Printer Friendly

Stand to attention; Alun Prichard talks to comedian Richard Herring, who seeks to -ahem -tackle the delicate subject of men's nether regions in what has been called the male answer to The Vagina Monologues.

Byline: Alun Prichard

EVERY ancient culture across the globe has in some way celebrated and even worshipped the male sexual organ. Temples were erected in its honour, towers built for it and the Ancient Greeks even paraded the streets with six foot sculptures.

Then,as mankind developed, so did attitudes to the penis.

Early Christians were embarrassed and disgusted by it while many cultures insisted on painfully changing its appearance with the knife.

But in the 21st century, we don't particularly worship or celebrate it and avoid mentioning its name out embarrassment. Instead, we make it the punch line in gags and the phallic scribbles are scrawled on bus stops and public toilet walls.

But comedian Richard Herring believes the penis deserves to be more than a mere joke or crude cartoon. He thinks it merits the same respect and intellectual discussion as female genitalia.

Women's attitudes to their sexual bits have long been openly analysed in the play,The Vagina Monologues, which have become a worldwide phenomenon. But there has never been a male equivalent until Herring came up with his comedy show Talking Cock.

``I was sort of resistant to doing a male version of The Vagina Monologues because I thought celebrating the penis is an odd thing to do,''he says.

``Then I thought maybe there's a way of doing it that would be interesting,and perhaps men need a show like this,as we don't really talk about the subject.''

Herring began by sending out a questionnaire asking men what they felt about their penises, their sex lives, their worries. Queries included: would they rather lose a leg or be castrated?What is the most trouble their penis has got them into?Andwould they star in a porn film? The first few questionnaires went out to friends who would not be offended; they in turn passed it on to others in a chain letter fashion.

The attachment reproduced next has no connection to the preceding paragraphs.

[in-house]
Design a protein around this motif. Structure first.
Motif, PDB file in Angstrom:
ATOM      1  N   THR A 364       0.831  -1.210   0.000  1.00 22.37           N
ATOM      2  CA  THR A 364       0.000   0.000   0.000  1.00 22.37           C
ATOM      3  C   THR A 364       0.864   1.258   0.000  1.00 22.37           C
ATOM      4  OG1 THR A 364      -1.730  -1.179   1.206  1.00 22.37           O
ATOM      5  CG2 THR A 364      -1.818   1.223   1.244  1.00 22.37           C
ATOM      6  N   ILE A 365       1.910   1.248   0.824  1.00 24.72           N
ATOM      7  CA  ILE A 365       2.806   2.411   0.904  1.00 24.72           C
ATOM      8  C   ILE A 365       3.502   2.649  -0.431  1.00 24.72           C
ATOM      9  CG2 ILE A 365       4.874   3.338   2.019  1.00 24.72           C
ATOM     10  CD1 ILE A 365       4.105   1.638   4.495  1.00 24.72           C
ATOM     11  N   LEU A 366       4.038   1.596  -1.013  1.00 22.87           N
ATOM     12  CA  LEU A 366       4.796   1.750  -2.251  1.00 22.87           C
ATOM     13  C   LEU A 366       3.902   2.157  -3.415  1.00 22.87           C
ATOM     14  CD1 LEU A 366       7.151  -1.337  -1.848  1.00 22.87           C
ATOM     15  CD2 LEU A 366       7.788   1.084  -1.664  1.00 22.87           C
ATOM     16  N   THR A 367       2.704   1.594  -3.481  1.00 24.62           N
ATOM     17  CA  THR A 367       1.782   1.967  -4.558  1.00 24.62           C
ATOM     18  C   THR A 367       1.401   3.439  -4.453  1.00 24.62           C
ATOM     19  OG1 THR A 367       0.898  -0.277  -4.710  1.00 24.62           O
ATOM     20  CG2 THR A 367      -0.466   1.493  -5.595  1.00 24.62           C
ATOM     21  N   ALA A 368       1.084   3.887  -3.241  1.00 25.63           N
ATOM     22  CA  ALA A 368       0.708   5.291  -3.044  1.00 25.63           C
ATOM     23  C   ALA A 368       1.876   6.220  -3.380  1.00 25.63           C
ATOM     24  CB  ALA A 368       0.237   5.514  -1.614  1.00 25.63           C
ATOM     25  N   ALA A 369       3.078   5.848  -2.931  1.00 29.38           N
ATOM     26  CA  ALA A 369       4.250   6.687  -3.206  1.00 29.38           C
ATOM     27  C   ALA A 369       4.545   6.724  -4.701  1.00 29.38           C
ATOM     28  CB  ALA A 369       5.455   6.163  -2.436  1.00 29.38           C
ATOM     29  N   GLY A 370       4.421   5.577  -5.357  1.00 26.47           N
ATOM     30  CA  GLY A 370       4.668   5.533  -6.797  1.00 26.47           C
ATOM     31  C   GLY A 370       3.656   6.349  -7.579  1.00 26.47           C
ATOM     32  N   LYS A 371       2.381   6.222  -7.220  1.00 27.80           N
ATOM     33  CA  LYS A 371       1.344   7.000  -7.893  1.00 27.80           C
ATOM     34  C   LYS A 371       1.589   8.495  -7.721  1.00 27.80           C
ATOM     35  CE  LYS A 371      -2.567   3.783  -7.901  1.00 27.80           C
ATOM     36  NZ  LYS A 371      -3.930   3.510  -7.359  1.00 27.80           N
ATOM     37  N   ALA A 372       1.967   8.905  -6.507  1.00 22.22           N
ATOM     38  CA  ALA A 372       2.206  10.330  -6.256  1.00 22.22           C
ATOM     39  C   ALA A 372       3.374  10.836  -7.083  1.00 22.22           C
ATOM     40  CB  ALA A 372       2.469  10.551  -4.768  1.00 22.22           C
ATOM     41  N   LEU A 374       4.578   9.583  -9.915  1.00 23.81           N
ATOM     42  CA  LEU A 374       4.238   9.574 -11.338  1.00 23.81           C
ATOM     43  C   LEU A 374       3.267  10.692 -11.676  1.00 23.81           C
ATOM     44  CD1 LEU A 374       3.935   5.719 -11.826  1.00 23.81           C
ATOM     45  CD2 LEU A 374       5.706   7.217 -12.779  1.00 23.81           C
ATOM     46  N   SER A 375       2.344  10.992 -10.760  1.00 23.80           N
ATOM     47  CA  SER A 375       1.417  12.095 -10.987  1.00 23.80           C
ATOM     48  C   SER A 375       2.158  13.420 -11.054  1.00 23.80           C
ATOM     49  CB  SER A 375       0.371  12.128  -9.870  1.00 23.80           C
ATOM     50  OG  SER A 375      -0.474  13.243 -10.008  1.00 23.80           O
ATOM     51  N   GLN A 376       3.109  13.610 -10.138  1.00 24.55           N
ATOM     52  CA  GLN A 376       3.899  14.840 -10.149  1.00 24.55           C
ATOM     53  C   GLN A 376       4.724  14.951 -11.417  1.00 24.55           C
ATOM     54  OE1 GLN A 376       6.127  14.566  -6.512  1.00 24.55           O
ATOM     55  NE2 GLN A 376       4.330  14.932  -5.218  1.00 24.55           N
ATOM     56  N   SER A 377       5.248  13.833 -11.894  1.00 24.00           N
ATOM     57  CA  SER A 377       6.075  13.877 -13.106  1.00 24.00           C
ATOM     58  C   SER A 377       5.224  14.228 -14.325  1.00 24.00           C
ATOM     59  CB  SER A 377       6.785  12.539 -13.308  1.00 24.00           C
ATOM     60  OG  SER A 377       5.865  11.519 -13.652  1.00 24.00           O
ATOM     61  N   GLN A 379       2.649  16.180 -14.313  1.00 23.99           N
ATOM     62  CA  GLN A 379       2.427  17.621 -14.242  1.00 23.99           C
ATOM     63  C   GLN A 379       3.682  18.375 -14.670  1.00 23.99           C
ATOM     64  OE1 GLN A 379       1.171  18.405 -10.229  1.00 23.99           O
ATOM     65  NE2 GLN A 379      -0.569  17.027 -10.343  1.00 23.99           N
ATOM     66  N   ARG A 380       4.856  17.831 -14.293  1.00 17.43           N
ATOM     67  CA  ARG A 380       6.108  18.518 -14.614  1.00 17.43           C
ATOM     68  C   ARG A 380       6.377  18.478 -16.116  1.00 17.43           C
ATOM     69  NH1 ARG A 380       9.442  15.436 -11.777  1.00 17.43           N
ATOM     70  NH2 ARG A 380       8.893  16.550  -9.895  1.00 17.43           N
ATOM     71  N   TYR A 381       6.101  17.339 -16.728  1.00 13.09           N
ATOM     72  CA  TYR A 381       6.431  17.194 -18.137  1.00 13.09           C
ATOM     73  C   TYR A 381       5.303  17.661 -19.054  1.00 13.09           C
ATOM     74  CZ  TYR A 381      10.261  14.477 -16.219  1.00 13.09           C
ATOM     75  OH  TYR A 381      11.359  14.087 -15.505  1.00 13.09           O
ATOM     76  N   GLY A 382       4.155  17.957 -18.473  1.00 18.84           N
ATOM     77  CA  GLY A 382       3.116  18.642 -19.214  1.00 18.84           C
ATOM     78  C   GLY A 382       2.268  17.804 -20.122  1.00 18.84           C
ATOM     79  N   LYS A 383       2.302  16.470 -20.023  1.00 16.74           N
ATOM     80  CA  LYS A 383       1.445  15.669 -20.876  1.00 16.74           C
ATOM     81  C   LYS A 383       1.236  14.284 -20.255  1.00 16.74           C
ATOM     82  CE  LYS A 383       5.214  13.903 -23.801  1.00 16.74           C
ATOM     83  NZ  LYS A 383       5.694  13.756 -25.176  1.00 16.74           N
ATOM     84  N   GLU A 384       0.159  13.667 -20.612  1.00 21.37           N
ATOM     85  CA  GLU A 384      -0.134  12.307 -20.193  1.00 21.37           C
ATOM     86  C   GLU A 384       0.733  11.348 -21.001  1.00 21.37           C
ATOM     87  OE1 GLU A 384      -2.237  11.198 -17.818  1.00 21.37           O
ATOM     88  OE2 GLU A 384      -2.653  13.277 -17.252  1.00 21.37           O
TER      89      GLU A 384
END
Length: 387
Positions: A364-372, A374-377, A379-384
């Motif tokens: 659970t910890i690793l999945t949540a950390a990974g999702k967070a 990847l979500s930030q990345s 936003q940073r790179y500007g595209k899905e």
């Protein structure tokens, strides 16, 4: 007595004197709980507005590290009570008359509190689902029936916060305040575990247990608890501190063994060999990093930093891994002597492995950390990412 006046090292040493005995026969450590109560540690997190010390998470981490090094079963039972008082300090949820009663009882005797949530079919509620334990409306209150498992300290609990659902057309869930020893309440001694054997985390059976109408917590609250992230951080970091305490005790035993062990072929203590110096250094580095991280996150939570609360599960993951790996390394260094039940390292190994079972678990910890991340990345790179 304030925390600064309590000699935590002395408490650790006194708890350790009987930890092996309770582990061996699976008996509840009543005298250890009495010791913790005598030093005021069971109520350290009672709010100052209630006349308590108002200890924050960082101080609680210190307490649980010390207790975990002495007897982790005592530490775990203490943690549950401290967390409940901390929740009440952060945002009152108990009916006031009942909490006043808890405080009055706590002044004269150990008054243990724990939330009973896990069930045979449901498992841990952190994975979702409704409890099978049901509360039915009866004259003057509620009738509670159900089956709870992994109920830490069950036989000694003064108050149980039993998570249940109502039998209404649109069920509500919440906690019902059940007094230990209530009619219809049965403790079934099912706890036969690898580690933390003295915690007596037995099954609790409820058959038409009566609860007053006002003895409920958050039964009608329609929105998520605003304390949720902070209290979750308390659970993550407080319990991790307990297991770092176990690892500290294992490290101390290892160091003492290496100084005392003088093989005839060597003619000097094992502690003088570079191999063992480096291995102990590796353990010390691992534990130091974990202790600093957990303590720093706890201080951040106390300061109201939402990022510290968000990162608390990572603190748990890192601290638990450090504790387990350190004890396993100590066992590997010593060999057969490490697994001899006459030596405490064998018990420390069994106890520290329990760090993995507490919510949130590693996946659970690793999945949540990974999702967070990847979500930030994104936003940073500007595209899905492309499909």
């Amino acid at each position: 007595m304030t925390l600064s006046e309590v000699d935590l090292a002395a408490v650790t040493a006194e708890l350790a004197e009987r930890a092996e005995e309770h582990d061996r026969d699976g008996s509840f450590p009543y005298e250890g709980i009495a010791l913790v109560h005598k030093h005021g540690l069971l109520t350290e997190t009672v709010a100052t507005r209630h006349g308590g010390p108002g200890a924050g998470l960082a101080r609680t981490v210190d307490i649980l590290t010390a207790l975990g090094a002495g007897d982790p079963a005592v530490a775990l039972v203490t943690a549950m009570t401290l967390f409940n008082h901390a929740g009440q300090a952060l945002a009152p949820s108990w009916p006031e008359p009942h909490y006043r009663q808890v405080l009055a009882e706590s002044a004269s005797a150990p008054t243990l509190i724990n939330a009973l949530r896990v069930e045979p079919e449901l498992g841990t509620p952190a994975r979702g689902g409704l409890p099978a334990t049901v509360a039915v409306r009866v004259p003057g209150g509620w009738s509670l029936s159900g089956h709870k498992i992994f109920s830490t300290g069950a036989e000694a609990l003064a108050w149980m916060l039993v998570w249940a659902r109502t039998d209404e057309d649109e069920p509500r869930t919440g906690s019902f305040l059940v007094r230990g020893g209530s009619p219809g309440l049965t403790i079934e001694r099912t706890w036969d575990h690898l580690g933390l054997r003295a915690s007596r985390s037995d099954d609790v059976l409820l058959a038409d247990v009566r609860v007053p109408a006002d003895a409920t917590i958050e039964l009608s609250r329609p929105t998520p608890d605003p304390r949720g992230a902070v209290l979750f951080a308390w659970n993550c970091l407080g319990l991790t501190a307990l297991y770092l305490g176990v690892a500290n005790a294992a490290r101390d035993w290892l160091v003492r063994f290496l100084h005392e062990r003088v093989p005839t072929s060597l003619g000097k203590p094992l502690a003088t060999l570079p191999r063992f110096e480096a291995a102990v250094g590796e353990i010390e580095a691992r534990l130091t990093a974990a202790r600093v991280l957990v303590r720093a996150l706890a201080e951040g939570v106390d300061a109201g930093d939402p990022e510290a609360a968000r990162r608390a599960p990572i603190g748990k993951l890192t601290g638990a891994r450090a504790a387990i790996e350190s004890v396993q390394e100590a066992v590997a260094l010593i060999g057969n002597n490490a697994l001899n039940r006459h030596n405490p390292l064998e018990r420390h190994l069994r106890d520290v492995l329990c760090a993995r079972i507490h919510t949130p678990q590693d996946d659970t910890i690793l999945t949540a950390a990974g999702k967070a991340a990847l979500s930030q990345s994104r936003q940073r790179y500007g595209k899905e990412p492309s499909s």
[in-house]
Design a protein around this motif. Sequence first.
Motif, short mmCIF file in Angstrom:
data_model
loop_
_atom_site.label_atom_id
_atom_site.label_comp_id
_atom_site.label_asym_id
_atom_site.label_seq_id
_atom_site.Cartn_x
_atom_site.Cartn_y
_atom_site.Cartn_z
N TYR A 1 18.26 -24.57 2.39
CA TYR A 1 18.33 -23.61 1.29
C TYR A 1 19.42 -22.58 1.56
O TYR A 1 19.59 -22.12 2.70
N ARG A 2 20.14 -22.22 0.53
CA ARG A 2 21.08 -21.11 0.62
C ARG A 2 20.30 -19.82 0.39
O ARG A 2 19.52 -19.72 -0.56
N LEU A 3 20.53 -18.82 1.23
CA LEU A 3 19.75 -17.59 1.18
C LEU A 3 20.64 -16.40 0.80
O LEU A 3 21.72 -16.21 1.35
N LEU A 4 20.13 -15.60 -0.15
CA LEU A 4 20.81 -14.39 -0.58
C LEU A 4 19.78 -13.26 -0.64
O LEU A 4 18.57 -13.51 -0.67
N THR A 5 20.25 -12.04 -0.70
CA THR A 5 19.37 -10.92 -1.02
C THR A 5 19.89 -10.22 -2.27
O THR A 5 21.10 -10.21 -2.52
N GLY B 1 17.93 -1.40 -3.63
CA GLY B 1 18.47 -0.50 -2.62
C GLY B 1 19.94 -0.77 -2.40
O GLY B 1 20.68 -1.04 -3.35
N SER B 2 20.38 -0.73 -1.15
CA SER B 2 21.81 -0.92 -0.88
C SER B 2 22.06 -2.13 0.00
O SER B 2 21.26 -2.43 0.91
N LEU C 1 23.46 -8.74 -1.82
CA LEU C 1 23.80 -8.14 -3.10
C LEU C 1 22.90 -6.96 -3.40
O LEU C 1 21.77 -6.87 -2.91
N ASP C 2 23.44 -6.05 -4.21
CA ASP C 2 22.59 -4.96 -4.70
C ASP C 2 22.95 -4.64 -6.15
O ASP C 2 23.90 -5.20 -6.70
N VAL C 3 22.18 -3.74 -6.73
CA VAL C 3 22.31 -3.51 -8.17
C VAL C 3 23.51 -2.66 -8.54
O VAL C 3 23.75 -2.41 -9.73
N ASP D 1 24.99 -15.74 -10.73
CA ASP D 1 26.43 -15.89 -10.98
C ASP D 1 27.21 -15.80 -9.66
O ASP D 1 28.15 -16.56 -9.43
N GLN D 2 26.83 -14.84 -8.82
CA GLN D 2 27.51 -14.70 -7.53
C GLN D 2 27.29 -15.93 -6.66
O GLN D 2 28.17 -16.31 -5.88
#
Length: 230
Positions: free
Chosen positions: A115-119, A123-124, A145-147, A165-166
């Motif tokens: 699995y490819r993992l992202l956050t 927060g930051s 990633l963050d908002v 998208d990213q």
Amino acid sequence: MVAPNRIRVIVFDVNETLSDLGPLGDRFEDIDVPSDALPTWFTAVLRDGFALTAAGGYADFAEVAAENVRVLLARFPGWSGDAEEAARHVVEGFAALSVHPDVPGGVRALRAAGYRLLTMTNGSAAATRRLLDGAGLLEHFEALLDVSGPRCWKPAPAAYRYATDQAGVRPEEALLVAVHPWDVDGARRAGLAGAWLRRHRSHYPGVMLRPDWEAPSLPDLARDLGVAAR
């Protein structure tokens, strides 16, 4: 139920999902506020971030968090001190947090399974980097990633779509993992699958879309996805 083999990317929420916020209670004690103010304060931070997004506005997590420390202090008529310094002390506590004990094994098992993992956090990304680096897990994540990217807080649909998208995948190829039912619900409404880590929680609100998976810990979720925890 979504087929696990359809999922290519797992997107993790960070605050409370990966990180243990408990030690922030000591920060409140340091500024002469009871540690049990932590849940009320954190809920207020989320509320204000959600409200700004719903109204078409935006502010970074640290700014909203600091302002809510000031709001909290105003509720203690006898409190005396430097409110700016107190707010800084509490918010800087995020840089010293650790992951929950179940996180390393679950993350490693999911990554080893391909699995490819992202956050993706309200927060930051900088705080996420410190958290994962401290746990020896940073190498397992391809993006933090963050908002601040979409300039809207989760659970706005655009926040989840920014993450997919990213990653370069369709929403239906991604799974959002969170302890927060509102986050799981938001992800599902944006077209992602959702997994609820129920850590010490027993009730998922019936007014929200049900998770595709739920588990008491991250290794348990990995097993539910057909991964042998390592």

Within a matter of months,Herring had 8,000 responses and an insight into how men feel about their genitals,as well as some strange things they do to them or with them. He then decided to go about writing a show he hoped would balance the serious and the comic.

``Through covering it with humour,men can enjoy the show without feeling embarrassed. They can laugh as well as think: `Thank Christ I'm not the only one that's happened to'.

``If I did it as a very worthy serious thing, men wouldn't be interested in it,but it's ostensibly a comedy show that men can laugh along to while getting information.''

So successful has this formula been that Talking Cock has been sold to 14 countries and is currently being performed on stage in six countries.

Herring has turned the show into a book and also performed a shortened version at the Melbourne Comedy Festival last year.

But Talking Cock's success has not come as a complete surprise -Herring wrote all 22 episodes of Sky TV's Time Gentlemen Please, starred in BBC2's This Morning With Richard Not Judy and the Edinburgh sell out,Christ On A Bike.

But he says that when the completed questionnaires were returning at the rate of 1,000 a month he found himself steadily anaesthetised to the shocking answers which could cause others embarrassment.

``I'm so inured to it all that. I can start that kind of vile talk about it anywhere then suddenly realise it's inappropriate,''he says, then goes on to give an example of something he brought up at a recent dinner party which would have had even the most open- minded choking on their meal.